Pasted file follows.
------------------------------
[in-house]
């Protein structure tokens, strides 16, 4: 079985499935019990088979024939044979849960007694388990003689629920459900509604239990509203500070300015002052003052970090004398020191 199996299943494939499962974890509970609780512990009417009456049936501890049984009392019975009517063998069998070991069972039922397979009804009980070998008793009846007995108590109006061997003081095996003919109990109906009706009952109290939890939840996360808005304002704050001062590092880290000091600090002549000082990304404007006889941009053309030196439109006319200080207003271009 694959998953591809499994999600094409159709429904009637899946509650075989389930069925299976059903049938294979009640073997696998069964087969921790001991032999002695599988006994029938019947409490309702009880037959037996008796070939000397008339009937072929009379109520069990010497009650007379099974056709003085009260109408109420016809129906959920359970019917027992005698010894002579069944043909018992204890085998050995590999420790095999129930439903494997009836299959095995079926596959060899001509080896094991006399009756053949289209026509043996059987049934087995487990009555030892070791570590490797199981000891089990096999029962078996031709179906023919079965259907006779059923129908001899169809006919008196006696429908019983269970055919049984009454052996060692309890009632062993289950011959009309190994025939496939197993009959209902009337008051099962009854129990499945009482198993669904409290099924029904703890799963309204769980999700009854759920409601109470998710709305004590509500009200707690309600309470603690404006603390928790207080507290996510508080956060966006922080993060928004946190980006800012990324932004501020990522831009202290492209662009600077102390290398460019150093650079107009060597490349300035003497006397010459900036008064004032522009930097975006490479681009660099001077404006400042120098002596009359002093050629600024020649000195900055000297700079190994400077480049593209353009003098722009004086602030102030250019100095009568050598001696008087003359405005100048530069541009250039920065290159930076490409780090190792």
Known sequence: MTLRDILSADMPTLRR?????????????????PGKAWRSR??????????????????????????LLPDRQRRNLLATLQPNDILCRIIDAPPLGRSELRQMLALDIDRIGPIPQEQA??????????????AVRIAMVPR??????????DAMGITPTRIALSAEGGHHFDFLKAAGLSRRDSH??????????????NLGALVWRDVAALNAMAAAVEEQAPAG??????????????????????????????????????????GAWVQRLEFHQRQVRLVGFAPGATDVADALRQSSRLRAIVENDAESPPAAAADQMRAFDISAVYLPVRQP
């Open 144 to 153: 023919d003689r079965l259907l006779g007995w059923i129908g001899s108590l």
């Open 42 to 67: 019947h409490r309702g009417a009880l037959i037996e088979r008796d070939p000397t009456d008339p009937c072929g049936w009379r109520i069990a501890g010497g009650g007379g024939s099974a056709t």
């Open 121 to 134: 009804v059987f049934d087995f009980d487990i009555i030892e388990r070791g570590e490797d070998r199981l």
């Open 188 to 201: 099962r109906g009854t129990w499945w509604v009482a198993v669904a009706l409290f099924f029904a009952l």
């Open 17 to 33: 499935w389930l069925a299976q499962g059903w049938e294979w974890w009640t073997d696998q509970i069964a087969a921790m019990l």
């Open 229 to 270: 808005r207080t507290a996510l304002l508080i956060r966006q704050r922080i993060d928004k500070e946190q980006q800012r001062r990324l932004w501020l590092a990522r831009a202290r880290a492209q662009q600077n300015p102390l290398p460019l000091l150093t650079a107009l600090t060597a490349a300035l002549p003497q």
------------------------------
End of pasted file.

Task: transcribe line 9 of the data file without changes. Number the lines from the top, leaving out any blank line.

């Open 229 to 270: 808005r207080t507290a996510l304002l508080i956060r966006q704050r922080i993060d928004k500070e946190q980006q800012r001062r990324l932004w501020l590092a990522r831009a202290r880290a492209q662009q600077n300015p102390l290398p460019l000091l150093t650079a107009l600090t060597a490349a300035l002549p003497q």